SharePoint Notes

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Upgrading a MOSS Farm from Windows Server 2003 to Windows Server 2008

Posted by Christian Dam on February 9, 2008


Despite Microsoft’s recommendations to to a complete re-install when upgrading Windows Server 2003 servers if they contain software not included in original installation media or in a following service pack, I decided to give it a go anyway.

As you may know, my farm is hosted on a physical server running Windows Server 2008 Enterprise (Full) and Hyper-V. The farm components are:

  • One Active Directory server
  • One Web Front-end
  • One Application/Index server hosting the central Administration
  • One SQL Server back-end

All farm servers are running Windows Server 2003 Enterprise x86 editions and no additional software other than MOSS, SQL Server 2005 and a MOM 2007 agent. MOSS is running SP1.

The upgrade was performed in the following order

  1. Active Directory
  2. SQL Server back-end
  3. Application server
  4. Web Front-end 

Before I began, I made sure I had a fresh snapshot of every server in case something goes wrong … as I expected it would …

Active Directory:

  1. Start up the server
  2. Check the levels of warnings and potential errors in the event log
  3. Insert the DVD 
    • To perform this procedure, you must use an account that has membership in all of the following groups:
      • Enterprise Admins
      • Schema Admins
      • Domain Admins for the domain that contains the schema master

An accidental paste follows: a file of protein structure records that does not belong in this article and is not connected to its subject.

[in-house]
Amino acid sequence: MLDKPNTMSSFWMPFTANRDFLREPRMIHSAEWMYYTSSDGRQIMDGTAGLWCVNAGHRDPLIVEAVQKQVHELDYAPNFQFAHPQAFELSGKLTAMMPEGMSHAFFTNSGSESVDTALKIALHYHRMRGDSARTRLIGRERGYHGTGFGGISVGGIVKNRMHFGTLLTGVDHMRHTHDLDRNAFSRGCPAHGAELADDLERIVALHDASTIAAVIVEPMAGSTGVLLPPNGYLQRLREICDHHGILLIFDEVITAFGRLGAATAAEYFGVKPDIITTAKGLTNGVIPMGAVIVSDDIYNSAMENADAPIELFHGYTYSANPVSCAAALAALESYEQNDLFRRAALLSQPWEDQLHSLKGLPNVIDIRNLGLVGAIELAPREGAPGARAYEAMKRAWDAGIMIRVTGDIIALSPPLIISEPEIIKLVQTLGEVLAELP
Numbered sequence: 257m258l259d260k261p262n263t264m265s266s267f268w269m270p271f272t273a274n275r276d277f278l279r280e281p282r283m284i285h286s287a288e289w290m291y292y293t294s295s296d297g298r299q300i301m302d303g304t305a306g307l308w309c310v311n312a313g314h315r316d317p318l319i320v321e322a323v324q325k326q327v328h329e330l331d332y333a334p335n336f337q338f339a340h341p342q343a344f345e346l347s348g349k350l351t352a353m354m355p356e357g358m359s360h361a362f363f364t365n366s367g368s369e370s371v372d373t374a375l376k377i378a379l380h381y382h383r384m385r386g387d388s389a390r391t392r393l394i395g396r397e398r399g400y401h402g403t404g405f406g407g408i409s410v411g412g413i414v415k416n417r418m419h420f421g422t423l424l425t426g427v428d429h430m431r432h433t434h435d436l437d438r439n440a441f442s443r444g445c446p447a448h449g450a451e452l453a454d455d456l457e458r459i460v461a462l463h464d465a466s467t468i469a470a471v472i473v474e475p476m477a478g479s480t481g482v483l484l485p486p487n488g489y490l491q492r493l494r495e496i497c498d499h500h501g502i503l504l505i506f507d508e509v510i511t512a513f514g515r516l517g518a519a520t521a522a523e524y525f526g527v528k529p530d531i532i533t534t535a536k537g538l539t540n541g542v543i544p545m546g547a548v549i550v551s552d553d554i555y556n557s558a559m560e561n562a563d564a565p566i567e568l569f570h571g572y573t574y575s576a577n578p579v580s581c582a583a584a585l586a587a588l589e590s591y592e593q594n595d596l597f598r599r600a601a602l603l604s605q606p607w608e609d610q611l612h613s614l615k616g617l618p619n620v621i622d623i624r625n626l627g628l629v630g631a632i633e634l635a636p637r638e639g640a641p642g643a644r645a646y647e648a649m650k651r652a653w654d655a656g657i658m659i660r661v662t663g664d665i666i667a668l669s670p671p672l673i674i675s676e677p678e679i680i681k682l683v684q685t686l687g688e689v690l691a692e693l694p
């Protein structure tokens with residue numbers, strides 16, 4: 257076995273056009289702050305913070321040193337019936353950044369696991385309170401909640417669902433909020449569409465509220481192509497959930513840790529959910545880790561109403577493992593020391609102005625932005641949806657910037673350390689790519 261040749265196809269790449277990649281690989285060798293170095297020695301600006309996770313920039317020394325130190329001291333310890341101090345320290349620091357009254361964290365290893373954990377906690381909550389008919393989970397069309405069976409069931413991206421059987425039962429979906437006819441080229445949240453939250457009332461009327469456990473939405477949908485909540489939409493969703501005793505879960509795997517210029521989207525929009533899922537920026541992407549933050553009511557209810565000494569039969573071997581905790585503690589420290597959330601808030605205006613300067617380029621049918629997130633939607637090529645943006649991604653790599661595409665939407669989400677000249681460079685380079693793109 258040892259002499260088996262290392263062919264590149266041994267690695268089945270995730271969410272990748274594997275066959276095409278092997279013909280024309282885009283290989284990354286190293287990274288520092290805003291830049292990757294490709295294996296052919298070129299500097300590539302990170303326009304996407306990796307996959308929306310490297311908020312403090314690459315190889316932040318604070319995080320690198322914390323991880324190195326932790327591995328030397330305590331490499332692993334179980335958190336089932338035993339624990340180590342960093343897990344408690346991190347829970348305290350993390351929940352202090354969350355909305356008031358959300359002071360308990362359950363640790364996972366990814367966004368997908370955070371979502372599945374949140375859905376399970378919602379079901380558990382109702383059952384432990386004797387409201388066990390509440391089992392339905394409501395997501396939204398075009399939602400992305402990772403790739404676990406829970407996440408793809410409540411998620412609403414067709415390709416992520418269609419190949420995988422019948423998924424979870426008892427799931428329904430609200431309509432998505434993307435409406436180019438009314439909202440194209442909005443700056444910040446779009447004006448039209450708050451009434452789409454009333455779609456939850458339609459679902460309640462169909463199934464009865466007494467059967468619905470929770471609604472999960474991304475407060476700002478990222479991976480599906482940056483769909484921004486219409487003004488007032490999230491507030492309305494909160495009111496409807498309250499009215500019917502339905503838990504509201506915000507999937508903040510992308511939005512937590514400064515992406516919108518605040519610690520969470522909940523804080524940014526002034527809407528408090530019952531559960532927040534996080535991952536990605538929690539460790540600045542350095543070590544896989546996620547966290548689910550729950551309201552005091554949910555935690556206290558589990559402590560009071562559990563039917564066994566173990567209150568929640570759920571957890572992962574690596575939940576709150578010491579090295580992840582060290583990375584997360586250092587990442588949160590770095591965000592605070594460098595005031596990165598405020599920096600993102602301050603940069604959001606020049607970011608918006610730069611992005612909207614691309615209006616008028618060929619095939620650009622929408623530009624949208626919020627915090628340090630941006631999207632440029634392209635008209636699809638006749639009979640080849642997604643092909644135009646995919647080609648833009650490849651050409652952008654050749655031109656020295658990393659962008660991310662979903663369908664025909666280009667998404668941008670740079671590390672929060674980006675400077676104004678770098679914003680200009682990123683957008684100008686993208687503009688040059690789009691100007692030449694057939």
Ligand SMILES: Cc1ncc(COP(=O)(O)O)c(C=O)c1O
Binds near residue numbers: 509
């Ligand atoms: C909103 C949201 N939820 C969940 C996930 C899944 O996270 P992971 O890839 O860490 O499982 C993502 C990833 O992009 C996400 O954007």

• To prepare the forest schema for Windows Server 2008
      • Log on to the schema master as a member of the Enterprise Admins, Schema Admins, and Domain Admins groups
      • Copy the contents of the <DVD ROOT>\sources\adprep folder to an Adprep folder on the schema master
      • Open a command prompt, and then change directories to the Adprep folder
      • At the command prompt, type the following, and then press ENTER:
        adprep /forestprep
      • If you plan to install an RODC in any domain in the forest, type the following, and then press ENTER:
        adprep /rodcprep
      • Allow the operation to complete, and then allow the changes to replicate throughout the forest before you prepare any domains for a domain controller that runs Windows Server 2008
  4. Run setup.exe from the DVD root if auto-play is not enabled
  5. Hit Install Now
  6. On the Get important updates for installation-window, make your choice. Being a happy little camper, I choose to help Microsoft to make the Windows installation better and to Go online and get the latest updates for installation.
  7. Select the operating system you want to install. Choose the same version as already installed on your server. I choose Windows Server 2008 Enterprise (Full Installation).
  8. Accept the license terms
  9. If all prerequisites are met (like having prep’ed AD correctly), the upgrade option is available. Hit Upgrade
  10. An upgrade warning is displayed. Ignore and click Next if you are brave like me 😉
  11. The automatic upgrade process begins. It took my Domain Controller about 70 minutes and 4 reboots to be upgraded.